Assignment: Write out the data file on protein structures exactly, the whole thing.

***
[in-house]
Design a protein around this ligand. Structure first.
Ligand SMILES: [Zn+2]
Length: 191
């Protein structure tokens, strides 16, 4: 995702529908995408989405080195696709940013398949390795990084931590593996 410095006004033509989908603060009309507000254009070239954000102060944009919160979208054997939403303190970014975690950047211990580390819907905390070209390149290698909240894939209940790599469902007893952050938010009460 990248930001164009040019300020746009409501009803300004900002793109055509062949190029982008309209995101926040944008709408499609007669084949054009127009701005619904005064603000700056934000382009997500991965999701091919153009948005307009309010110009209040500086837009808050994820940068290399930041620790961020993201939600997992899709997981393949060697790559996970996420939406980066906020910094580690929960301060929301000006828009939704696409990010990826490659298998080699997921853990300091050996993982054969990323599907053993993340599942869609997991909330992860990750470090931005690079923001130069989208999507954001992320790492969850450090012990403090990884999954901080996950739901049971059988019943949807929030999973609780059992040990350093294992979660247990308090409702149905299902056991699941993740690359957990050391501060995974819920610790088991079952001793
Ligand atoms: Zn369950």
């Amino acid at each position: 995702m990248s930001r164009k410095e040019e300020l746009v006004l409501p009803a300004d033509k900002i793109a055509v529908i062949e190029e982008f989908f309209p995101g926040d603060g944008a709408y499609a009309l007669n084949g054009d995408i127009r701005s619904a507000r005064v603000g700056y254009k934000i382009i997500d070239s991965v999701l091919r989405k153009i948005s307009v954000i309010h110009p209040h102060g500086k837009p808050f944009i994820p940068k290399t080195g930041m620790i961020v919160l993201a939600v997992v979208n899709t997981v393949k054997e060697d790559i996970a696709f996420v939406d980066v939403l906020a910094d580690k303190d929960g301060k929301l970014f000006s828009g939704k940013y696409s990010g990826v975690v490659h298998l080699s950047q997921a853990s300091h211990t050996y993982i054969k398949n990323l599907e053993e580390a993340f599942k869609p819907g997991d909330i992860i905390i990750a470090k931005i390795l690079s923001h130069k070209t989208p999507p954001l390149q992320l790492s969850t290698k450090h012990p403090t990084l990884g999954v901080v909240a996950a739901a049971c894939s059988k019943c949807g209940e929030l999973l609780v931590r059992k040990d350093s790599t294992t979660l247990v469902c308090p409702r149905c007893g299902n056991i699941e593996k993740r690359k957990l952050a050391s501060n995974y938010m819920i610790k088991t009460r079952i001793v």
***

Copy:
[in-house]
Design a protein around this ligand. Structure first.
Ligand SMILES: [Zn+2]
Length: 191
């Protein structure tokens, strides 16, 4: 995702529908995408989405080195696709940013398949390795990084931590593996 410095006004033509989908603060009309507000254009070239954000102060944009919160979208054997939403303190970014975690950047211990580390819907905390070209390149290698909240894939209940790599469902007893952050938010009460 990248930001164009040019300020746009409501009803300004900002793109055509062949190029982008309209995101926040944008709408499609007669084949054009127009701005619904005064603000700056934000382009997500991965999701091919153009948005307009309010110009209040500086837009808050994820940068290399930041620790961020993201939600997992899709997981393949060697790559996970996420939406980066906020910094580690929960301060929301000006828009939704696409990010990826490659298998080699997921853990300091050996993982054969990323599907053993993340599942869609997991909330992860990750470090931005690079923001130069989208999507954001992320790492969850450090012990403090990884999954901080996950739901049971059988019943949807929030999973609780059992040990350093294992979660247990308090409702149905299902056991699941993740690359957990050391501060995974819920610790088991079952001793
Ligand atoms: Zn369950």
């Amino acid at each position: 995702m990248s930001r164009k410095e040019e300020l746009v006004l409501p009803a300004d033509k900002i793109a055509v529908i062949e190029e982008f989908f309209p995101g926040d603060g944008a709408y499609a009309l007669n084949g054009d995408i127009r701005s619904a507000r005064v603000g700056y254009k934000i382009i997500d070239s991965v999701l091919r989405k153009i948005s307009v954000i309010h110009p209040h102060g500086k837009p808050f944009i994820p940068k290399t080195g930041m620790i961020v919160l993201a939600v997992v979208n899709t997981v393949k054997e060697d790559i996970a696709f996420v939406d980066v939403l906020a910094d580690k303190d929960g301060k929301l970014f000006s828009g939704k940013y696409s990010g990826v975690v490659h298998l080699s950047q997921a853990s300091h211990t050996y993982i054969k398949n990323l599907e053993e580390a993340f599942k869609p819907g997991d909330i992860i905390i990750a470090k931005i390795l690079s923001h130069k070209t989208p999507p954001l390149q992320l790492s969850t290698k450090h012990p403090t990084l990884g999954v901080v909240a996950a739901a049971c894939s059988k019943c949807g209940e929030l999973l609780v931590r059992k040990d350093s790599t294992t979660l247990v469902c308090p409702r149905c007893g299902n056991i699941e593996k993740r690359k957990l952050a050391s501060n995974y938010m819920i610790k088991t009460r079952i001793v």